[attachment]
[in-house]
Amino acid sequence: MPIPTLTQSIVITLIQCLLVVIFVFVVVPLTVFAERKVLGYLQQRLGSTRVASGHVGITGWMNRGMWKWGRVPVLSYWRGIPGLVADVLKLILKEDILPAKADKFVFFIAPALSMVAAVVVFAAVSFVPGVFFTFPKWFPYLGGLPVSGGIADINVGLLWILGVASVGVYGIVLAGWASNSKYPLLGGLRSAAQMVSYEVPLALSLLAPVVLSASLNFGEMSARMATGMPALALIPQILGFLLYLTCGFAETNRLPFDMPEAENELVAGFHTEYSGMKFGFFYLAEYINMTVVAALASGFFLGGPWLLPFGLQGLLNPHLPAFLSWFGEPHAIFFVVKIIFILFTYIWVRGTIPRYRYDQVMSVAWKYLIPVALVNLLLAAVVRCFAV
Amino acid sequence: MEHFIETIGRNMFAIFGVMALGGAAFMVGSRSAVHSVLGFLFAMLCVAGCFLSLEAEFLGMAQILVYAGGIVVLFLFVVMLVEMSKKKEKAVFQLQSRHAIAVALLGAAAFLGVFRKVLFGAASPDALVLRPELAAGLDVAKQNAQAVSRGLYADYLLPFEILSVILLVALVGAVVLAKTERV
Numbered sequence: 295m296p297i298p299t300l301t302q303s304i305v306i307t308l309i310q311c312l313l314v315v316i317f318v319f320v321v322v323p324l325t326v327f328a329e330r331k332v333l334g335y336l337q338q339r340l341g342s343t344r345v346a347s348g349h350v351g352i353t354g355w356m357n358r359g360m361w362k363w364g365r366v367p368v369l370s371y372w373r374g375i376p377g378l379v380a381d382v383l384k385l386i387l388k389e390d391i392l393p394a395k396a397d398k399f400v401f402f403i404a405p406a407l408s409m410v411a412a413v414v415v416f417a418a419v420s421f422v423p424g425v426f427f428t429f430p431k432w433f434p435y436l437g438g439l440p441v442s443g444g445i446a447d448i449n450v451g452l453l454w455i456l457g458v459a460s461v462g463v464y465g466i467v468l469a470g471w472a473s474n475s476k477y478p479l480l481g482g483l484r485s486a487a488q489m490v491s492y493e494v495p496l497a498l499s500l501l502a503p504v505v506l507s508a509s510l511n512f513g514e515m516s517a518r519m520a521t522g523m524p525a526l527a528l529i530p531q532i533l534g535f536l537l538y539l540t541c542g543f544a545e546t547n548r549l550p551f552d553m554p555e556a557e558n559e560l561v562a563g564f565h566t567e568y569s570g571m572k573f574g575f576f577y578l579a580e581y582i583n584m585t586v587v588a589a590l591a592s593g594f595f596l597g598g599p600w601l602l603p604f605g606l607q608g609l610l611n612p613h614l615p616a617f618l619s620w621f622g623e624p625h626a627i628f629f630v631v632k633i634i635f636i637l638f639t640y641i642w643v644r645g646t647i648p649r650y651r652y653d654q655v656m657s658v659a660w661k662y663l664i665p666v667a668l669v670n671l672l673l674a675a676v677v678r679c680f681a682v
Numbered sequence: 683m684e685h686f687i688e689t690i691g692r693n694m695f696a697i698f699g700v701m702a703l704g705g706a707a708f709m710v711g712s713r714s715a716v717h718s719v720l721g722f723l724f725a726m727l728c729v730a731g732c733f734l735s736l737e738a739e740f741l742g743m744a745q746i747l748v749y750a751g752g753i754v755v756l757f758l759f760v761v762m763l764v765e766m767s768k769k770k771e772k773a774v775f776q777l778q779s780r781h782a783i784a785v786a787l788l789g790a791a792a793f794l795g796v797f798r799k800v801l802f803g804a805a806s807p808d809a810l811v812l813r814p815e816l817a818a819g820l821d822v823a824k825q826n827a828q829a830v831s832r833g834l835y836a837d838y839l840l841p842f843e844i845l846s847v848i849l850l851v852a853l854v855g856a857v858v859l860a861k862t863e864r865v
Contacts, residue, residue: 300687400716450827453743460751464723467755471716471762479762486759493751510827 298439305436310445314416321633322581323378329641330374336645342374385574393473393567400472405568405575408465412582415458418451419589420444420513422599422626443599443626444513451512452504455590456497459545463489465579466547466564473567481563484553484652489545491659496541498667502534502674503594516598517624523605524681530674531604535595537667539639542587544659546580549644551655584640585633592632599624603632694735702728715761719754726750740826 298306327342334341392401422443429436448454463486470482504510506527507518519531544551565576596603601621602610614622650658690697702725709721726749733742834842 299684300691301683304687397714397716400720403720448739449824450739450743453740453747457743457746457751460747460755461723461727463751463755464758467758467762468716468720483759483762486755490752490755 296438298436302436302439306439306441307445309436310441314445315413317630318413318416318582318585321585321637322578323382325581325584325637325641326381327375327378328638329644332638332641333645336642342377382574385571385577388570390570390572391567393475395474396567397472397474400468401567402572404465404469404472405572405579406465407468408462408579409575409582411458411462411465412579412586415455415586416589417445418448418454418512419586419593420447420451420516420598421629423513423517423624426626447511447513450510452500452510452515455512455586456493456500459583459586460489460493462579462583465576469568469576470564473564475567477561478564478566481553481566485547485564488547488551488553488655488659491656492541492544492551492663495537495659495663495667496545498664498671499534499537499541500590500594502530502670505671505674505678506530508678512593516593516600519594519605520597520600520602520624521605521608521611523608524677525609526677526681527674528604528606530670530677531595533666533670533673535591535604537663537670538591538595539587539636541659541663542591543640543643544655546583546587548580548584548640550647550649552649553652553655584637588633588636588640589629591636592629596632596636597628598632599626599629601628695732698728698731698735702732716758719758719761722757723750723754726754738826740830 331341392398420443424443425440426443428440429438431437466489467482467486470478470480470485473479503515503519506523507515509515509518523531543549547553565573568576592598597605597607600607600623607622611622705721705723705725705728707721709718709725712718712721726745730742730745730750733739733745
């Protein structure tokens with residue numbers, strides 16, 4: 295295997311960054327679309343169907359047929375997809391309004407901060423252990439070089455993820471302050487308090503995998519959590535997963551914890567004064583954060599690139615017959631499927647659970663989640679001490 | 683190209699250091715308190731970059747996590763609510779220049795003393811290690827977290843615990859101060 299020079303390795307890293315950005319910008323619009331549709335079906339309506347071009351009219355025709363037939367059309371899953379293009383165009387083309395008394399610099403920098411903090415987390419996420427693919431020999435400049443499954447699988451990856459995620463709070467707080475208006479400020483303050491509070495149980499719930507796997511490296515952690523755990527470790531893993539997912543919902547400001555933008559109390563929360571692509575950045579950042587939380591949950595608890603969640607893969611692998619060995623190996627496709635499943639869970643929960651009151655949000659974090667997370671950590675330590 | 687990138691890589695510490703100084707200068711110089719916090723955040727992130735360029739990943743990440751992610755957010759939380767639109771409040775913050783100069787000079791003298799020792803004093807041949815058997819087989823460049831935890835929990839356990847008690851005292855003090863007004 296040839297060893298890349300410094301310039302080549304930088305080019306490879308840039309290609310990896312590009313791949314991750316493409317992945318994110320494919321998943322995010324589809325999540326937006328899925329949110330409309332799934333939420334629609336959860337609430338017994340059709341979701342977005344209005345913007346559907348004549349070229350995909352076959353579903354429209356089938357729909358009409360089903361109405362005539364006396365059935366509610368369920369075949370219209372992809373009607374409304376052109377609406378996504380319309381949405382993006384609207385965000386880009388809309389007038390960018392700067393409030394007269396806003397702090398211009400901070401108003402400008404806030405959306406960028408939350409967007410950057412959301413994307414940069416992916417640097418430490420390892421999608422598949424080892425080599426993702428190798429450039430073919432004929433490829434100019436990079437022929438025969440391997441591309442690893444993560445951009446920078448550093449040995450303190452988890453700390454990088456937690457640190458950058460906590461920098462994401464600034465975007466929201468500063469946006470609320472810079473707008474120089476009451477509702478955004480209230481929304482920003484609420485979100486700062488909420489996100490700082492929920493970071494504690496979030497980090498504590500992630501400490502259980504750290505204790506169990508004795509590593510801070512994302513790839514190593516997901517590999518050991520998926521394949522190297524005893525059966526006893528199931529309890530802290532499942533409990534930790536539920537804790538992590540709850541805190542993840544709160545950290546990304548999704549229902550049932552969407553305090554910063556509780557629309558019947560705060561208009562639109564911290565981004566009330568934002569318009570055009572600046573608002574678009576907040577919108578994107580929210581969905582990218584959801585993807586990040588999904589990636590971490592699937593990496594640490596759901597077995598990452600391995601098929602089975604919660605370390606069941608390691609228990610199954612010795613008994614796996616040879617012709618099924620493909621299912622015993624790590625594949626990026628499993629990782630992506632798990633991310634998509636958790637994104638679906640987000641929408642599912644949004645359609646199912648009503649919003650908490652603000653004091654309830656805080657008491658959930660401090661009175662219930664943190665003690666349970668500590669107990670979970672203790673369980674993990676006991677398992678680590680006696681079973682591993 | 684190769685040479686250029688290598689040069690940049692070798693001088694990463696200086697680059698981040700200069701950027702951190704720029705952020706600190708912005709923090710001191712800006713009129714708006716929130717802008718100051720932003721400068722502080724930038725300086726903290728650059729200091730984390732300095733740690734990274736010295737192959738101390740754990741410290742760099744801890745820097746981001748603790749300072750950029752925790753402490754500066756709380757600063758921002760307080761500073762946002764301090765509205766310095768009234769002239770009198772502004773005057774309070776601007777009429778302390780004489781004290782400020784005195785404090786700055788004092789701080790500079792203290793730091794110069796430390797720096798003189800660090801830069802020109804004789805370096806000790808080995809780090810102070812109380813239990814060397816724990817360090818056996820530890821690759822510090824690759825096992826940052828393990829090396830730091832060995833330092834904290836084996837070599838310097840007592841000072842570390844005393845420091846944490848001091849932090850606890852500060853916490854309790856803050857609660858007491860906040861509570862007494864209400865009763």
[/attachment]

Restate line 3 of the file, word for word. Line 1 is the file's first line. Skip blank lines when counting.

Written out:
Amino acid sequence: MEHFIETIGRNMFAIFGVMALGGAAFMVGSRSAVHSVLGFLFAMLCVAGCFLSLEAEFLGMAQILVYAGGIVVLFLFVVMLVEMSKKKEKAVFQLQSRHAIAVALLGAAAFLGVFRKVLFGAASPDALVLRPELAAGLDVAKQNAQAVSRGLYADYLLPFEILSVILLVALVGAVVLAKTERV